Sphere power, cylinder power and add power always appear in dioptres. They are in decimal form and generally are written in quarter-dioptre (0.25 D) increments. Axis values are whole numbers from 1 to 180 and signify only a meridional location, not a power. When prism dioptres are indicated in decimal form, typically only one digit appears after the decimal point (e.g., 0.5).

Additional Information. Your optician also might write specific lens recommendations on your spectacle prescription — such as anti-reflective coating, photochromic lenses and/or progressive lenses — to give you the most comfortable vision correction possible.

An Example Of A Spectacle Prescription

Confused? Let's use an example to clear things up. (Pun intended.)

Here is a sample spectacle prescription:

RE -2.00 SPH +2.00 add 0.5 p.d. BD

LE -1.00 -0.50 x 180 +2.00 add 0.5 p.d. BU

In this case, the optician has prescribed -2.00 D sphere for the correction of myopia in the right eye (RE, or OD). There is no astigmatism correction for this eye, so no cylinder power or axis is noted. This optician has elected to add "SPH," to confirm the right eye is being prescribed only spherical power. (Some doctors will add "DS" for "dioptres sphere;" others will leave this area blank.)

The left eye (LE, or OS) is being prescribed -1.00 D sphere for myopia plus -0.50 D cylinder for the correction of astigmatism. The cyl power has its axis at the 180 meridian, meaning the horizontal (180-degree) meridian of the eye has no added power for astigmatism and the vertical (90-degree) meridian gets the added -0.50 D.

Both eyes are being prescribed an "add power" of +2.00 D for the correction of presbyopia, and this spectacle prescription includes a prismatic correction of 0.5 prism dioptre in each eye. In the right eye, the prism is base down (BD); in the left eye, it's base up (BU).

A Spectacle Prescription Is Not A Contact Lens Prescription

Spectacle and contact lens prescriptions aren't the same. A spectacle prescription is for the purchase of spectacles only. It does not contain certain information that is crucial to a contact lens prescription and that can be obtained only during a contact lens consultation and fitting.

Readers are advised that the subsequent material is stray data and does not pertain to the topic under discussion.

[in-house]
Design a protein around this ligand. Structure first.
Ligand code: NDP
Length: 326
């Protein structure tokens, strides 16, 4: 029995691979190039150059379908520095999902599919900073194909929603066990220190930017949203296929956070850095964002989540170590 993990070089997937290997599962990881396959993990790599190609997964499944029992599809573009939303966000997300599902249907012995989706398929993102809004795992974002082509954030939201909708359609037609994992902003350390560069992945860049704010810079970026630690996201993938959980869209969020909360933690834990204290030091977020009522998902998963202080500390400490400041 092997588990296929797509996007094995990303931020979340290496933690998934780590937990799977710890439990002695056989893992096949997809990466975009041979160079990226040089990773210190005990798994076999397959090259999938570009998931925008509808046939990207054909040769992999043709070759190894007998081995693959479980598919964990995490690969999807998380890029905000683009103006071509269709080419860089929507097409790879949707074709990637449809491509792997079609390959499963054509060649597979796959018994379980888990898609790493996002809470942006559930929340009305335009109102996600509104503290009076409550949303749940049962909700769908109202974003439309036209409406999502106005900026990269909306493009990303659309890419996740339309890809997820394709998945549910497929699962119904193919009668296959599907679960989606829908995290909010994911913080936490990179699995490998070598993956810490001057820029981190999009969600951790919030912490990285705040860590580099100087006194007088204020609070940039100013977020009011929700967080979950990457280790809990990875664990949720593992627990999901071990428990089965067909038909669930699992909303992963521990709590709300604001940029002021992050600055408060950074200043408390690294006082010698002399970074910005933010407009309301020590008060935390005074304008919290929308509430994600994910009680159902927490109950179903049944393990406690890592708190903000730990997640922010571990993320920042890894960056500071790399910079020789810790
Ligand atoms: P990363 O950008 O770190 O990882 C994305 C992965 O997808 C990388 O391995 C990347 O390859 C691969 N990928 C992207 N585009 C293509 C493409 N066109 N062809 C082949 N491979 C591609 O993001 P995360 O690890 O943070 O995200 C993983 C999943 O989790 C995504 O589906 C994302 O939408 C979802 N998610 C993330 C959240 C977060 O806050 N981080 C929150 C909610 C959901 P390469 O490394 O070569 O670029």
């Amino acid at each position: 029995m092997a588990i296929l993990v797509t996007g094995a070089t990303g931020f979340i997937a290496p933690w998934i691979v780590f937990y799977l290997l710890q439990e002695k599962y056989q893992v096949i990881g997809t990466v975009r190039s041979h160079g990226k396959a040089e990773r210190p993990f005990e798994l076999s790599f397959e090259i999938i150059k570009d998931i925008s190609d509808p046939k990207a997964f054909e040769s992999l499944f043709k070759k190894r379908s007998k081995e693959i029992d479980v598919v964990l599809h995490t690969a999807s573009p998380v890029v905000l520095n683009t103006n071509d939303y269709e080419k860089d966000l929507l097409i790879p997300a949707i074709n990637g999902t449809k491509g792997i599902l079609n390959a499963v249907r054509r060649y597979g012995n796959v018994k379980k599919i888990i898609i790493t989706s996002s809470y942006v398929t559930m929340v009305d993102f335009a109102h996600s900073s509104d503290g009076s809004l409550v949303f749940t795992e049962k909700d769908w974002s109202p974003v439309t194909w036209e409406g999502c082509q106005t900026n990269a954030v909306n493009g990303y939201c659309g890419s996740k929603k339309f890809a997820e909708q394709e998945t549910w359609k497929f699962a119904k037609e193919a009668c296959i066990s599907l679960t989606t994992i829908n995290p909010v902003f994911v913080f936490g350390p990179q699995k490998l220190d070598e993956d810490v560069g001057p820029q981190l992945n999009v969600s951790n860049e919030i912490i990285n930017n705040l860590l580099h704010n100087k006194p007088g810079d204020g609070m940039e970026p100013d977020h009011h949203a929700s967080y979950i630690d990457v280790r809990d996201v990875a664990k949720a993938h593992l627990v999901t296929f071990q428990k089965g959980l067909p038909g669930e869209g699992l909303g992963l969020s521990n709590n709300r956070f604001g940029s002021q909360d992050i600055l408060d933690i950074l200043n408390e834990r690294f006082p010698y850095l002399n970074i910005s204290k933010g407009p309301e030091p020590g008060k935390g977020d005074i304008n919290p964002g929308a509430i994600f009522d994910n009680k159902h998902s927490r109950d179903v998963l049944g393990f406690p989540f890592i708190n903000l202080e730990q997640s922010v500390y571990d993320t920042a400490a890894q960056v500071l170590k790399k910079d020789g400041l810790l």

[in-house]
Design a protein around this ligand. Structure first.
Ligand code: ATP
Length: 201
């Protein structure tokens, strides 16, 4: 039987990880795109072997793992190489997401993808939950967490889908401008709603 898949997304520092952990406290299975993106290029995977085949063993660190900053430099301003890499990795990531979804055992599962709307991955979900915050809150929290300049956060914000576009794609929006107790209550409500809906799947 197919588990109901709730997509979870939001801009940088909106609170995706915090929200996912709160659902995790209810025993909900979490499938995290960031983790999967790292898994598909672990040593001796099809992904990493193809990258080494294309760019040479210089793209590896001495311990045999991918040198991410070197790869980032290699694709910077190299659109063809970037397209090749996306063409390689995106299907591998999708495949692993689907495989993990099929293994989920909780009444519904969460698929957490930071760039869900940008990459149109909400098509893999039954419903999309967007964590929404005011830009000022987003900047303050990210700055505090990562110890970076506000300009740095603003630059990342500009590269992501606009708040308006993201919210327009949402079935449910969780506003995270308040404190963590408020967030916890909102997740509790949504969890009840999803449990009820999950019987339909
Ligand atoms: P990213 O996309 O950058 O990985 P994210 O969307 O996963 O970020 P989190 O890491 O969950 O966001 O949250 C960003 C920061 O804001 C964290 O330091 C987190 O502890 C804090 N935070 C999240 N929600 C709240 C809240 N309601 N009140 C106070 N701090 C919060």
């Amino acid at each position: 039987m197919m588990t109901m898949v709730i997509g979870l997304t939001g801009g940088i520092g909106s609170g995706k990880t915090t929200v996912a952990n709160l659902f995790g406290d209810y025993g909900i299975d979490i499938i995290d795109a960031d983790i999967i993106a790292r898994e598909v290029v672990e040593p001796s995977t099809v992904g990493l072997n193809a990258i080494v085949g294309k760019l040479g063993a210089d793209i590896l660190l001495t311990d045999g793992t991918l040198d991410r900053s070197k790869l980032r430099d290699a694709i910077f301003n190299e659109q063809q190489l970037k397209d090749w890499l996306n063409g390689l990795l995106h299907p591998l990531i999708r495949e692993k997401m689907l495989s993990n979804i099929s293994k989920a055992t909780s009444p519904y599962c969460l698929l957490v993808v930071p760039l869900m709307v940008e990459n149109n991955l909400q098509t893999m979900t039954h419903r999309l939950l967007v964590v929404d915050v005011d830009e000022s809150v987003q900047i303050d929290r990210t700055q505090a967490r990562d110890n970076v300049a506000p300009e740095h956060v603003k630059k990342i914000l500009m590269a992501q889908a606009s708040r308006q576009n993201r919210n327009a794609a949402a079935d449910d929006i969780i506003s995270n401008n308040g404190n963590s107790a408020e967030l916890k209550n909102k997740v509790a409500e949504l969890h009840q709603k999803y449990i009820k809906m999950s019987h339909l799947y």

Lens distance from eyes

Eyeglass lenses are positioned at a distance from the eyes, while contacts rest directly on the eyes. That distance affects the lens power required for eyes to focus properly.

In addition to the information in a spectacle prescription, a contact lens prescription must specify the base (central) curve of the back surface of the contact lens, the lens diameter, and the specific manufacturer and brand name of the lens.

Also, the power of a spectacle prescription frequently is modified when determining the best contact lens power. One reason is that spectacle lenses are worn some distance (usually about 12 millimeters) from the surface of the eye, whereas contact lenses rest directly on the eye's cornea.

An accurate contact lens prescription can be written only after a contact lens fitting has been performed and the prescribing optician has evaluated your eyes' response to the lenses and to contact lens wear in general.

Your Spectacle Prescription: It's Yours To Keep

The Optical Consumer Complaints Service (OCCS) clarifies that "an optician is obliged to provide you with the written prescription following the eye examination. You are then able to take the prescription to another practice. 

"By law, the prescription must provide the basic results of the eye examination.

"There are however other measurements or results which are needed to dispense glasses but these will need to be taken by the 'dispensing practice' (practice where you buy the glasses). This can sometimes cause difficulties when purchasing online but the law does not require the examining optometrist to include these details as they may vary depending on the type of frames and lenses selected."

The rule is intended to protect the "portability" of your spectacle prescription, allowing you to use it to buy glasses from the optician of your choice.

Page updated April 2018